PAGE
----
Brazil’s exports fell
Brazil’s iron ore exports were also weak in April—compared to last month. Brazil exported 28.74 million tons of iron ore in April 2015. This is a month-over-month drop of 6.7%. On a YoY (year-over-year) basis, exports grew by 16.3%.
In contrast, the value of iron ore exports fell by 43.7% YoY to $1.16 billion FOB (free on board). This is because of a YoY decline in iron ore prices from $85.53 per ton to $45.07 per ton FOB.
Why should you track Brazil’s iron ore exports?
Brazil accounts for about 25% of the global market share of iron ore’s trade volume. After Australia, Brazil is the second-largest iron ore exporting country in the world. Brazil is home to one of the largest mining companies—Vale (VALE). In 2014, Brazilian iron ore exports accounted for 18% of China’s overseas purchases—compared to 19% in 2013.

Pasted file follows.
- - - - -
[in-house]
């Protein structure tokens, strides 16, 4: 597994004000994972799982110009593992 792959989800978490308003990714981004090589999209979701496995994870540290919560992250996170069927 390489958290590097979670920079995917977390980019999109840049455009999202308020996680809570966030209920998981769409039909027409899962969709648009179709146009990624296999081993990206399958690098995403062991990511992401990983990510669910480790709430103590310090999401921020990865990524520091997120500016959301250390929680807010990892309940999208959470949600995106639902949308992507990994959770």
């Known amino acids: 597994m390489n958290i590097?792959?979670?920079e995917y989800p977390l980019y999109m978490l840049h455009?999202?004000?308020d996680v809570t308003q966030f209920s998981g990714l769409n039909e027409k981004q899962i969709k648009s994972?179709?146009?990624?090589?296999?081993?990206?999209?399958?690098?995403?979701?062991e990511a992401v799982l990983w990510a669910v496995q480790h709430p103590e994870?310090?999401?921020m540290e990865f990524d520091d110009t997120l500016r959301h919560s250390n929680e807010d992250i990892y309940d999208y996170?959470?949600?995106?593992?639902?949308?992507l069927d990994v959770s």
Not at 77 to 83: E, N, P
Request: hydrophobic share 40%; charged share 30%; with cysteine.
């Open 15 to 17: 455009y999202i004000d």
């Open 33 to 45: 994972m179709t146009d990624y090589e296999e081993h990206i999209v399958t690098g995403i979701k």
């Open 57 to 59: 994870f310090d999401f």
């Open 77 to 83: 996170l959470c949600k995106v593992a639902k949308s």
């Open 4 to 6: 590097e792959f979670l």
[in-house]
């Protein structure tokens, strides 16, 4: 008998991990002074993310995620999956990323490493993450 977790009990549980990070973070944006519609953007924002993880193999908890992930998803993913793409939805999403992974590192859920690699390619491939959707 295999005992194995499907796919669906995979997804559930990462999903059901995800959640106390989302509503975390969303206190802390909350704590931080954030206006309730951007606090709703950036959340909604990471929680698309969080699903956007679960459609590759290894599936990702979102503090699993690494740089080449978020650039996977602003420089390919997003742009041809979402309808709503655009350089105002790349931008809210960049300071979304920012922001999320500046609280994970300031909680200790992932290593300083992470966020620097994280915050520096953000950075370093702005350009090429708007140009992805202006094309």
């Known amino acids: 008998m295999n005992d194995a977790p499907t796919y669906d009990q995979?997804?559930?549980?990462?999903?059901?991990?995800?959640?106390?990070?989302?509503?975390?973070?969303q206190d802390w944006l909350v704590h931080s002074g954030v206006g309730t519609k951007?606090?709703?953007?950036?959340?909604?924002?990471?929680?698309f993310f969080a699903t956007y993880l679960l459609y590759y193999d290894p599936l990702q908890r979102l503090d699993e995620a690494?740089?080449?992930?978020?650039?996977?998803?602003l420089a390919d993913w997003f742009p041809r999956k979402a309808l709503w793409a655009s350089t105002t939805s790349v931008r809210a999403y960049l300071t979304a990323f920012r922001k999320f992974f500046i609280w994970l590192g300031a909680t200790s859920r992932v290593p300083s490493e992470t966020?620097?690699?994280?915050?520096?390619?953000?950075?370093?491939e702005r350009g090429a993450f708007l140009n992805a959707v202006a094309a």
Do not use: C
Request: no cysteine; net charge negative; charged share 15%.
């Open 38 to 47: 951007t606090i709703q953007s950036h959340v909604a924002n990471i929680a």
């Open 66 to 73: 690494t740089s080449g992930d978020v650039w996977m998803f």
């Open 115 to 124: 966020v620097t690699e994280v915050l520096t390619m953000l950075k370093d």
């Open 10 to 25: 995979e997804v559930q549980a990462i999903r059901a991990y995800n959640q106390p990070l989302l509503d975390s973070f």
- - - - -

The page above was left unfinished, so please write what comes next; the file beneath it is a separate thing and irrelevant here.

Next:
As a result, Brazilian iron ore exports are a key metric for investors to watch—along with shipments out of Australia. The Brazilian Ministry of Development, Industry and Foreign Trade releases this data on a monthly basis.
Impact on companies
Although the overall iron ore consumption is weak in China, Brazilian iron ore exports are losing more ground than Australian iron ore exports. This hurts Vale more than BHP Billiton (BHP) (BLT) and Rio Tinto (RIO).
A decrease in prices due to a supply glut negatively impacts other producers like Cliffs Natural Resources (CLF). It also negatively impacts the iShares MSCI Global Metals & Mining Producers ETF (PICK). BHP Billiton accounts for 17.9% of PICK’s holdings. The SPDR S&P Metals & Mining ETF (XME) also invests in some of these stocks.
In the next part of this series, we’ll see how Japanese iron ore imports progressed in March.